When it comes to growing your restaurant business, increasing profitability is the first step for expansion. When you have more of your sales dollars going to the bottom line, you have more available expansion resources.
Extra bottom line dollars give you the extra money you need for trying new and different sales and profit strategies. Most strategic changes for improvement come from simple operational adjustments. Changes made to the restaurant operations with relatively simple implementation.
Here are a few ideas for getting started with your new strategic profit plans. Use what ideas work for you, switch them around or make your own.
Analyze the Menu
Start by analyzing the menu. Look at the sales record and profitability of each item you offer. Then determine if each item has a price that’s right for what it costs to make.
If sales or profits are too low for an item, consider raising the item price. If an item doesn’t sell well and has a low-profit-margin, replace it with a better selling item.
Offer Taste Tests for New Menu Items
After determining the menu items that need to be replaced, free taste tests give you an idea of successful items. By offering the customer a taste test, you can get a feeling for the dish’s popularity before buying the new inventory.
This method is perfect for trying out less conventional dishes that you are unsure of the reception. If the new menu item is seasonal, offer the taste testing when you will have the best ingredients available.
Weekday Meal Deals and Coupons
There aren’t many restaurants that don’t suffer slow business during off-peak times like weekdays. Compared to Friday and Saturday nights, a Monday night likely sees a fourth of the traffic the weekend does.
This downtime offers the perfect opportunity to bring in some extra business. Start by offering special discounts on appetizers or combo meals.
Or offer weekday branding night. Make Tuesday Ladies Night and offer special prices on wines, specialty drinks, or beer. Or Wednesday Family Night, when kids meals are free.
While weekday deals bring in business on slow days, offering specials during the weekends also boost your sales. Bogo’s are a favorite and work perfectly for selling additional items. Offers of half-price appetizers with the purchase of an entrée help sell meal add-ons. Or, on Saturday night, buy any steak and add 6 shrimp for $3.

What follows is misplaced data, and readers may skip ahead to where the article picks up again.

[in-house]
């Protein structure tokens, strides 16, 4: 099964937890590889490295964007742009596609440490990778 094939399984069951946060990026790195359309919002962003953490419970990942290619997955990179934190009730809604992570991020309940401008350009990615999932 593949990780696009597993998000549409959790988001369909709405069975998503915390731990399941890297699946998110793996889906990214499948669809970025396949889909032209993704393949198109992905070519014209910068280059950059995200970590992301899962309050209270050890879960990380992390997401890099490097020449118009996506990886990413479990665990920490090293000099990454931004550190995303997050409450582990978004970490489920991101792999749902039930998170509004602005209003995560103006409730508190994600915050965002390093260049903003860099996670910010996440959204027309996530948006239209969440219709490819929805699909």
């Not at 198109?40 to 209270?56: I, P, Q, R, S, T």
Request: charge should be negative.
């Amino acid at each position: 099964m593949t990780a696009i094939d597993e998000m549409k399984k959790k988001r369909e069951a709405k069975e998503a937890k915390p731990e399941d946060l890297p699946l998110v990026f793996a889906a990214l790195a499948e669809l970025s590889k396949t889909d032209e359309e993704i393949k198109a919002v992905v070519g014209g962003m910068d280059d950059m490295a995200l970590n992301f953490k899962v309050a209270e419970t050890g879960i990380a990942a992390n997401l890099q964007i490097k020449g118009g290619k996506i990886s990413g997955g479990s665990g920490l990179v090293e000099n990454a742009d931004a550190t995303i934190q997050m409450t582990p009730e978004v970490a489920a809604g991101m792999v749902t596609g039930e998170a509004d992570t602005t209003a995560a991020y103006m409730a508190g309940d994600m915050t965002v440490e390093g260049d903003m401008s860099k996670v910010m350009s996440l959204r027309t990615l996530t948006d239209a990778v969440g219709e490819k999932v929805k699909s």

Distributing product coupons has been another effective marketing strategy for many years. Not only are newspaper and magazine coupon ads good advertising, but now the Internet makes coupon distribution cost effective advertising.
Electronic coupons are a fraction of the cost of print coupons. Websites like LivingSocial and Groupon look for companies to offer discounted products. In return, companies get exposure to LivingSocial’s and Groupon’s huge coupon user market.
Another good coupon distribution source is local coupon aggregators that distribute combined company coupon books. These books are either given away as promotional items or sold to local markets or through school fundraisers.
Delaying Free Appetizers
When offering pre-meal snacks, like bread or tortilla chips, have servers ask customers if they would like the appetizer. Many times, customers don’t even eat them. By asking first you avoid food waste which leads to added savings.
Evaluate All Supply Contracts
One of the first places to look at for saving money is your supply contracts. By reviewing contracts at least twice each year, you ensure you’re still getting a good deal. Start by looking at your best-selling products and listing the ingredients that go into them. Compare your supply list prices with the prices of other suppliers. If you find suppliers offering better pricing, consider changing suppliers or using the prices for negotiating with your existing suppliers.
Our Final Take
It’s important to understand that utilizing all these items together is the best way to control expenses and increase profits. A combination of implemented strategies helps you find hidden costs to better control the restaurant’s overall financial health.
Whatever strategies you use, regularly calculating restaurant key performance areas is necessary for optimized profit margins. Reviewing strategies bi-monthly or quarterly helps you quickly identify problem areas or discover buying trends for more efficiency and profitability.